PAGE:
Leonardo, architectural study - Ashburnham Codex- 2037, paper 4r.

Leonardo, architectural study - Ashburnham Codex- 2037, paper 4r.

More than simply a symbol of Milan, the Duomo is the city's very soul, its topographical, spiritual and affective heart. Part of the relationship between Milan and its Cathedral has its roots in the scope of enterprise that was undertaken in building something so prodigiously monumental. Over 16 generations of masons, architects and artists worked on the Duomo, each contributing to its evolution, making this one of the most most interesting and heterogeneous constructions in Europe. The cornerstone of the Duomo was laid in 1386 by Archbishop Antonio da Saluzzo on the site of what was once the church of Santa Maria Maggiore and in the vicinity of the baptistery of San Giovanni alle Fonti, both founded by St Ambrose, the patron saint of Milan, in the 4th century (the ruins of the baptistery are still visible beneath Piazza Duomo). In a break from the local taste of the time and as a means of enhancing the dynastic prestige of the Visconti, the cathedral was built in the Gothic International style using the precious marble of Candoglia, transported via canal from the quarries above Lake Maggiore directly to the construction site. By the time Leonardo arrived at the court of the Sforza, the Duomo had been under construction for over a century and although already in use, was still far from being the ornate building we know today. The apsidal area had been completed and Pope Martin V had consecrated the high alter in 1418.

At this time the Sforza family were faced with the difficult task of erecting the crossing tower surmounting the intersection of the nave, chancel and transept. They called on the skills of the court architects, who included Bramante, Francesco di Giorgio Martini and naturally Leonardo da Vinci. Despite the prestige of the architects at hand the crossing tower was constructed with Lombard forms on the basis of plans drawn up by Amadeo and Dolcebuono (1490-1500). Following a period of relative inactivity, work started once again under the Archbishop St. Carlo Borromeo in year 1567, who brought to bear his power by imposing his architect, Pellegrino Tibaldi. The work done in this period was mainly internal and brought the church closer to the cannons dictated by the Council of Trent. Greater emphasis was placed on the altar and choir, underlining the centrality of the Eucharist and the word of the priest. A style more reminiscent of Rome was preferred to the Gothic for the construction of the facade (the facade you admire today was completed in 1813 by Carlo Amati). Lasting in all half a millennium, the construction of the Cathedral was to all effects a grossly drawn out affair. In fact, in Milan anything that seems to go on endlessly is compared to the 'building of the Duomo'. Its sheer size is equally staggering: 158m in length and 93m in breadth, standing at over 108m at its highest point, the Duomo is the world's third largest cathedral. It is adorned by more than 3400 intricately sculpted statues and by an abundance of laced stonework and soaring spires, which still today dominate the skyline of Milan.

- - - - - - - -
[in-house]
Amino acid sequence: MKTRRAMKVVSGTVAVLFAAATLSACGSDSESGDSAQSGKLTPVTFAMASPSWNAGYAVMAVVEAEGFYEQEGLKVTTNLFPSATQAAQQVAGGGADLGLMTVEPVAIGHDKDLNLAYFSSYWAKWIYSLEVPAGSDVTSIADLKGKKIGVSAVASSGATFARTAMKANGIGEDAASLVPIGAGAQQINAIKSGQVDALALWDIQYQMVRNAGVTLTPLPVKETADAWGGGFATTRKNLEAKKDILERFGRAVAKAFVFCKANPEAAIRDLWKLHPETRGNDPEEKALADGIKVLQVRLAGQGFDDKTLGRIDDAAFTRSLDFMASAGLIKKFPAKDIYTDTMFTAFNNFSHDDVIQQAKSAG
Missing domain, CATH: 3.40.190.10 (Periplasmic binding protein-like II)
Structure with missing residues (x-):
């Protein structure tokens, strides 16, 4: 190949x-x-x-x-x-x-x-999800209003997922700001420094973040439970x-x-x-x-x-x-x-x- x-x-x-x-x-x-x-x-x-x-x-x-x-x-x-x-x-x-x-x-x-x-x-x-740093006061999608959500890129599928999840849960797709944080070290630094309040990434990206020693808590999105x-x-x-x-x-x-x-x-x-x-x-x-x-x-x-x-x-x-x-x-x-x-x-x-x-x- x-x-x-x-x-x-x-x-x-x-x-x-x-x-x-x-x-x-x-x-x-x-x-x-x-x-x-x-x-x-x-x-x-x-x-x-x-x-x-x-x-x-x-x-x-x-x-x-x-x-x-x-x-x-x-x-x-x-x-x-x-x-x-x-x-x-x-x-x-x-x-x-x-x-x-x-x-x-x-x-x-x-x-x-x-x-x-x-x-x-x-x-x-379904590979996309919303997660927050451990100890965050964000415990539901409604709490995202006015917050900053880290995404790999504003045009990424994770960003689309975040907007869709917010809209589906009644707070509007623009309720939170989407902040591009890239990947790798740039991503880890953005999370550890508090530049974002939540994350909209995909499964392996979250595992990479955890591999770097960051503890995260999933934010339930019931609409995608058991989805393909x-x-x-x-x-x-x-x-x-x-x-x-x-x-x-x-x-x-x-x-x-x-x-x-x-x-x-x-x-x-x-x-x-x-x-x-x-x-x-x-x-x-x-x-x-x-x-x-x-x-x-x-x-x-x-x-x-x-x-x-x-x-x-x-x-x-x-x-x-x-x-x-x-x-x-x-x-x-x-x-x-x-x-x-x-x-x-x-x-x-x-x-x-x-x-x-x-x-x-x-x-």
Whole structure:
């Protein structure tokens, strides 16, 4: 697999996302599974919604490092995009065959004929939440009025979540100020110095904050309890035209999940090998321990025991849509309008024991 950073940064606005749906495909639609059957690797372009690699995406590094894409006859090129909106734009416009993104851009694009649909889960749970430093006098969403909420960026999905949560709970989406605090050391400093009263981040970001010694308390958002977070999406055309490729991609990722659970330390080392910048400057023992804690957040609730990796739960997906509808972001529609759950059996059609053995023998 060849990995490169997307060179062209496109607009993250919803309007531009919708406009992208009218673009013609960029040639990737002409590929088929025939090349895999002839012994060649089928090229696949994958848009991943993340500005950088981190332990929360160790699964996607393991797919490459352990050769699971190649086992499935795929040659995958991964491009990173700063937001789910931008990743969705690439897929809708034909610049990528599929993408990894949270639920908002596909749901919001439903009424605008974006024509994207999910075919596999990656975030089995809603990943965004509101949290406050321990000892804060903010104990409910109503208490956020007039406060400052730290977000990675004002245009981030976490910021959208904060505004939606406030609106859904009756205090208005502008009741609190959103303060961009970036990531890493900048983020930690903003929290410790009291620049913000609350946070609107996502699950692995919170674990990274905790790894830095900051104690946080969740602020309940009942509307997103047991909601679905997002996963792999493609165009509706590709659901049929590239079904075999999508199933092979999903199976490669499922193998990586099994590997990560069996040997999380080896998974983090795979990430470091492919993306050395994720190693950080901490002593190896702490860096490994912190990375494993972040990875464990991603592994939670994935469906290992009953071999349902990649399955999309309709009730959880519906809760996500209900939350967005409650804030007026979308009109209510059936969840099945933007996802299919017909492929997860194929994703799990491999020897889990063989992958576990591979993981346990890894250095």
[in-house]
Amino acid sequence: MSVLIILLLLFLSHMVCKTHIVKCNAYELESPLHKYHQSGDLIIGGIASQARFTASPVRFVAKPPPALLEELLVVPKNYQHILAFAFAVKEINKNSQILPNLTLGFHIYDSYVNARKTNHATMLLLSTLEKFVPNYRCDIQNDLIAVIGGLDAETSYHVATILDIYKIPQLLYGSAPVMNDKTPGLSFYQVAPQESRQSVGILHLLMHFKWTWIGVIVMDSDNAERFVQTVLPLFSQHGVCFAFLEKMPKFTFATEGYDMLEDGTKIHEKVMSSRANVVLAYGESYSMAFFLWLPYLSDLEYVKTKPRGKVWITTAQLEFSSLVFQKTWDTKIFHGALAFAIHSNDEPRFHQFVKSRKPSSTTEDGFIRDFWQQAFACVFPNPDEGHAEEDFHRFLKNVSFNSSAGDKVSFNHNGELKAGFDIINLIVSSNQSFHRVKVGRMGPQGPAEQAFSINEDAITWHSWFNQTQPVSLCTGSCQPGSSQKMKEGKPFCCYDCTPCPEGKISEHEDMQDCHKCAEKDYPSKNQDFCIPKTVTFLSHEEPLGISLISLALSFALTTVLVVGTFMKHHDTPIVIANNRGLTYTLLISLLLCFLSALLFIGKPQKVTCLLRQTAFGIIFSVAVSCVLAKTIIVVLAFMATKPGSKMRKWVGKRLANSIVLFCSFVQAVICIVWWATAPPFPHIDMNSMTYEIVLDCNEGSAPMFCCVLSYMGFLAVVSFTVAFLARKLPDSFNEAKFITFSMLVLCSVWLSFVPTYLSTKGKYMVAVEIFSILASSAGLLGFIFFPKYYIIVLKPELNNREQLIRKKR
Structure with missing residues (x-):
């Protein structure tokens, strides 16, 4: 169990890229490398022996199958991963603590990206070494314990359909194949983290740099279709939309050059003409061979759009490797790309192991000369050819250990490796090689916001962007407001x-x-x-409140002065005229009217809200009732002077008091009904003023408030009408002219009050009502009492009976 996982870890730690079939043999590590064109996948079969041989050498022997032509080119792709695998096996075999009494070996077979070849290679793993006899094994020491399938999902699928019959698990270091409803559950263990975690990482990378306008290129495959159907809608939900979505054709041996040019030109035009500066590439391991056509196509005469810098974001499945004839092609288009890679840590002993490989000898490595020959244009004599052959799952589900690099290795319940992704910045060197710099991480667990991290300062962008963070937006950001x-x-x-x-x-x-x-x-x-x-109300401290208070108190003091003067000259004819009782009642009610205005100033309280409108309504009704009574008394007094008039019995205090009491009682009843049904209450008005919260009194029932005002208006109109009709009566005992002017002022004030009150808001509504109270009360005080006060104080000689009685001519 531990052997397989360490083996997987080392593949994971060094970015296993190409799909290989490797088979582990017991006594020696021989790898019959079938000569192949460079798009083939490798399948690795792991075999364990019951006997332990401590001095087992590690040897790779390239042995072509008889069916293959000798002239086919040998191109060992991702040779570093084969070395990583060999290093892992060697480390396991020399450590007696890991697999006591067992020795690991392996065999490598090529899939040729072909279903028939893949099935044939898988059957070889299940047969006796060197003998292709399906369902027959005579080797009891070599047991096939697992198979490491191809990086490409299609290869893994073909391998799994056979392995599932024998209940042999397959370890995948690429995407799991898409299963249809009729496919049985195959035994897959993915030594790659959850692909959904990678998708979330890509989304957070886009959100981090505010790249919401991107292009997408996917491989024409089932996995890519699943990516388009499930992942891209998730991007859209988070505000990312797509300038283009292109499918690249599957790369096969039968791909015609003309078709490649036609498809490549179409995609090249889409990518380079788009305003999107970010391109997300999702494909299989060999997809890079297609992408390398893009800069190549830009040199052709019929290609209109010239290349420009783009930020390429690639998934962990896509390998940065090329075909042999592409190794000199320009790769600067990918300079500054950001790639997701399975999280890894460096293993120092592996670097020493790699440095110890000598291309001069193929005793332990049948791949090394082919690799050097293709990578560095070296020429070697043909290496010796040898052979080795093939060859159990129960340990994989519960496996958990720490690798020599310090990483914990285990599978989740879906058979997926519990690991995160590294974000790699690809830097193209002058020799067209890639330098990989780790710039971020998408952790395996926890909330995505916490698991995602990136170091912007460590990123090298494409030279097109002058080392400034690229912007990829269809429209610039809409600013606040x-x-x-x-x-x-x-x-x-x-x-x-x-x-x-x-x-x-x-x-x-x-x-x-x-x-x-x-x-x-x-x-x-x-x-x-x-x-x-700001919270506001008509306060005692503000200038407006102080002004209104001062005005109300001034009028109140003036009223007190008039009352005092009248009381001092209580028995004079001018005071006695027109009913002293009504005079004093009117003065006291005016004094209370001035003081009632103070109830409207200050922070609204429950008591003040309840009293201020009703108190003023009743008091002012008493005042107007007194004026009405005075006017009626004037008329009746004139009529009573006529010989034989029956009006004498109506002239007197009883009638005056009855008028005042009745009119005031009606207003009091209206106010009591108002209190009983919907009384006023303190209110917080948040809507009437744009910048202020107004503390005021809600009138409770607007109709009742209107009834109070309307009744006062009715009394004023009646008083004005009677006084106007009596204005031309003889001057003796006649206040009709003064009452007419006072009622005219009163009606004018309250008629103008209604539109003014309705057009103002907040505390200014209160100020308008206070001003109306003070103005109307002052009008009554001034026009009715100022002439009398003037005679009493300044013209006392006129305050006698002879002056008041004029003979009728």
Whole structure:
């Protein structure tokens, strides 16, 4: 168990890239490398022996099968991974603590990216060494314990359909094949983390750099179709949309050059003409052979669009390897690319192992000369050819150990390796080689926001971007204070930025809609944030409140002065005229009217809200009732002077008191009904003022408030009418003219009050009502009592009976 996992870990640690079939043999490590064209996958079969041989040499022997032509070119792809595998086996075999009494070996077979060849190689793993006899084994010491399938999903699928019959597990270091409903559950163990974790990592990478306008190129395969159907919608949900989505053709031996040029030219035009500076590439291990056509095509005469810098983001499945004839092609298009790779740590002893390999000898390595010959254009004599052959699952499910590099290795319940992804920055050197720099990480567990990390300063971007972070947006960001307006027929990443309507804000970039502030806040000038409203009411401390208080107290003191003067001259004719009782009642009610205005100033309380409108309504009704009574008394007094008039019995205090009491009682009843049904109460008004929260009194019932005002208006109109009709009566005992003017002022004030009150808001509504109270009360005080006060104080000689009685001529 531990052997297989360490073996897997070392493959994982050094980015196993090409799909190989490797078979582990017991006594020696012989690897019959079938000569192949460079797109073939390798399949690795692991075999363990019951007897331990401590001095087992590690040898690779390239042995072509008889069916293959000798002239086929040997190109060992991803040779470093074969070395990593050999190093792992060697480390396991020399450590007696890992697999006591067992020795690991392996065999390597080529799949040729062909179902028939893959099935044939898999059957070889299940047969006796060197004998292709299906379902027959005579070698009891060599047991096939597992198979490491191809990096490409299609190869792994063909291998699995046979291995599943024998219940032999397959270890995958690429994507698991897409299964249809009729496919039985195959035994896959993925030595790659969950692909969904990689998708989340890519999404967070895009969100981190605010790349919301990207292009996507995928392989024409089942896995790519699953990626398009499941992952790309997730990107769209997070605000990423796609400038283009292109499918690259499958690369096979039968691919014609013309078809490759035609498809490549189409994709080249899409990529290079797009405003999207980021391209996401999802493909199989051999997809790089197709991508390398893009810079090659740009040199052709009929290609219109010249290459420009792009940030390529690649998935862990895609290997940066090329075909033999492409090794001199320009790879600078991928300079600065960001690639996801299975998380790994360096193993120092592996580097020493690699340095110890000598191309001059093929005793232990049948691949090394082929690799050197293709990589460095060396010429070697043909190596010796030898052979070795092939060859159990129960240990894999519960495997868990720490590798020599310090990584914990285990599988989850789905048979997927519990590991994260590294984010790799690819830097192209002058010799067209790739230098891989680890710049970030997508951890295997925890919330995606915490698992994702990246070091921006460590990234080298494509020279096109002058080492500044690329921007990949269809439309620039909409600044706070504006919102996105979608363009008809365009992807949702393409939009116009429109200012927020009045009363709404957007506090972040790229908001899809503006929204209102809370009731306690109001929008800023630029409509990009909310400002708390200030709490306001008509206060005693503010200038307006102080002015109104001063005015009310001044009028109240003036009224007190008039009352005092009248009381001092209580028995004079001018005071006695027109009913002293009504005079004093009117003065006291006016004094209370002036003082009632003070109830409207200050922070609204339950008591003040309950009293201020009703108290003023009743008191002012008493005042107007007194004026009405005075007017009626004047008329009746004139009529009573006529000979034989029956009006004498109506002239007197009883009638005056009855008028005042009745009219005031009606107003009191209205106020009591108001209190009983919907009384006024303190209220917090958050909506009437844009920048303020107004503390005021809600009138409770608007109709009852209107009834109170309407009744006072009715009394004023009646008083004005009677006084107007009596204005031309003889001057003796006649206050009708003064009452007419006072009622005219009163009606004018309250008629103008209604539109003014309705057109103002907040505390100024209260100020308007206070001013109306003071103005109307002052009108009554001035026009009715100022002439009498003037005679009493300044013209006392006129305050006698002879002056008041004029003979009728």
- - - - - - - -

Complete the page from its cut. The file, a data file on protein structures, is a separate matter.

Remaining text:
Did you know that?

The Duomo is home to what may well be the worlds oldest lift, the “Nivola”. Built in the 16 hundreds and reputedly invented by Leonardo da Vinci, this cloud shaped lift adorned by cherubs and angles affords access to the Cathedral's most sacred possession, the relic of the holy nail. Once a year on the Feast of the Exaltation of the Cross, the Cardinal of Milan climbs aboard the Nivola and is hoisted forty metres above the heads of the faithful to retrieve the holy relic.